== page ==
The Four Types of Lighting

by Giselle Rondon - Writer for thebuildingsource.com

The Four Types of Lighting image

Have you ever walked into a room and just felt comfortable and at-home immediately? If you have, this was most likely because the room was lit well. Properly planned lighting makes a huge impact on the overall ambience and feeling of a room. Lighting, as a design tool, is probably one of the singularly most important components of an overall design scheme. Besides creating the ambience that you want, lighting is also used aesthetically – as a highlighter; it is used to help you perform tasks better; it is used to give a sense of security and for overall better illumination in your home. Of course, lighting will vary from room to room, depending on your needs and also because each room carries a different function from the other. Lighting with design in mind means that you have to take the four types of lighting into consideration. They are:

1)    Ambient lighting – this is indirect light that evenly illuminates a room. Ambient lights include natural light, pendants, and overhead fixtures. 
2)    Task lighting – this type of lighting spotlights your work area, whether it’s a desk, table for doing craft-work or the counter that you prepare food on. Task lighting includes reading lamps and under-counter or under-cabinet lights. 
3)    Accent lighting – this is used to highlight your architecture or favourite design accessories. Accent lights include track lights or adjustable recessed lights.
4)    Decorative lights – are used to make large rooms seem less overwhelming and to add a touch of personality. These lights include lamps and chandeliers.

Before you begin shopping for lights in any of the above categories, you first have to sit and write out a lighting plan for each room. Keep in mind that lighting should complement your lifestyle and meet your family's needs. Unnecessary or overpowering lighting will not only work against you when creating the ambience you want, it can also impede your day-to-day functions in a particular room and will not create a feeling of well-being.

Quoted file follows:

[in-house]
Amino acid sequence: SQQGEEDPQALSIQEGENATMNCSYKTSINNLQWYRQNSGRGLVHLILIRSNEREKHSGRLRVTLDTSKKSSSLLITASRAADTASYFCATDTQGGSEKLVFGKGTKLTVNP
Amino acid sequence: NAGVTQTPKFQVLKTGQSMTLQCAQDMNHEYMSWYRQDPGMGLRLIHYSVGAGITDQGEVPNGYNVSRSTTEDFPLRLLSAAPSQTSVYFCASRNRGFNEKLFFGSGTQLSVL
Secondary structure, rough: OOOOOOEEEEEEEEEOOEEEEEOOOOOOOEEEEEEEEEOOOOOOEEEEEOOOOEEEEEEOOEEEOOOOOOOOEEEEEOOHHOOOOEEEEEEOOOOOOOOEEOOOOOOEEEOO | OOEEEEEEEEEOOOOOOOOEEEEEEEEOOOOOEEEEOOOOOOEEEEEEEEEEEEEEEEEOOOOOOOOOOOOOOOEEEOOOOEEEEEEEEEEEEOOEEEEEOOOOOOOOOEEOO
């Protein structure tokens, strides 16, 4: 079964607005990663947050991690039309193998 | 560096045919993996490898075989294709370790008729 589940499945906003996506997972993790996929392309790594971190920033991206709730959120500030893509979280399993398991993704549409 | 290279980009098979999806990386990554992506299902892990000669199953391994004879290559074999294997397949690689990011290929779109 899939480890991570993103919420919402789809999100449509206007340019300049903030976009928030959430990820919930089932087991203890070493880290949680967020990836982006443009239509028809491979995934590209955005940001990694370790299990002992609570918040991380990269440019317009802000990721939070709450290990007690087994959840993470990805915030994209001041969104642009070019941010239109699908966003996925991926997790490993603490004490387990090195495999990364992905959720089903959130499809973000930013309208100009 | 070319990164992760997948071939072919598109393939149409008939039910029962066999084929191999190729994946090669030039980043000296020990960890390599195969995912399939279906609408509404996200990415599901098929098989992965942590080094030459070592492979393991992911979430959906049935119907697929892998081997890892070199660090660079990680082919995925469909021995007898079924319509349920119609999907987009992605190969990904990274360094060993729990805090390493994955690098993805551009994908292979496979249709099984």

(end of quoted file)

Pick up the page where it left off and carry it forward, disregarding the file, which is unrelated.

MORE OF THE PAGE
PLANNING THE LIGHTING SCHEME FOR EACH ROOM:

  1. Itemize the activities that occur in each room. For example - reading, preparing food, craft and hobby work, homework, grooming, doing or folding laundry, etc.
  2. State the mood or ambiance that you want to produce or each space. Do you want a relaxed and laid back mood? Do you want people to be alert and focused? Do you want a feeling of security? Etc.
  3. Identify any decorative elements you want to emphasize, such as artwork or wall textures.
  4. Recognize where you have areas with dark wall colors and finishes. Supplemental lighting may be needed for these walls as darker areas absorb more light than those with lighter colors and finishes.

There is a common misconception that you need to light a room in its entirety. This is not true. Interior designers suggest incorporating lighting from each lighting type. This is called layering and includes using lights from any of the four types in a way that they blend well and create an ambience for the room. It is best to decide on a light source and then decide how to disperse it in the room. One way to do this is to look at various lampshades as choosing the right one can make all the difference to how light is diffused in your room.

TIPS

  • Installing dimmer switches on your light fixtures saves energy and allows you to tone down too-bright ambient lighting or to give your lighting scheme degrees of dimness and brightness. Additionally, a dimmer can extend the life of your bulbs and minimizes the times you must change hard-to-reach fixtures.
  • Don't try to illuminate your whole kitchen with one or two mega-bright ceiling fixtures. This is a recipe for shadows and glare. Instead, use a blend of ambient, task, and accent lighting. Put lower-wattage bulbs in each luminaire. For example, with 100 watts in under-cabinet task lighting and 200 watts spread among several wall sconces, you can put a 20-watt bulb in each of your pendant lamps for ambient light that won't overwhelm.
  • A well-made light fixture looks better, lasts longer, and gives clearer light, so inspect your fixture's construction the way you would a piece of furniture. Some questions to ask: Are the metals sturdy, not lightweight? Are the sockets high-quality porcelain, not plastic? Does the shade hide the bulbs? Do joints and connections look solid? Do parts screw together easily?
  • Some lighting projects are perfect for the do-it-yourselfer, such as installing dimmer switches. But for bigger jobs, get customized advice from a trained lighting specialist who will create a plan based on your needs and budget.

 

Whether it's one or all four types of lighting your project requires, be sure to look first on thebuildingsource.com. For the widest range of indoor lighting fixtures available click here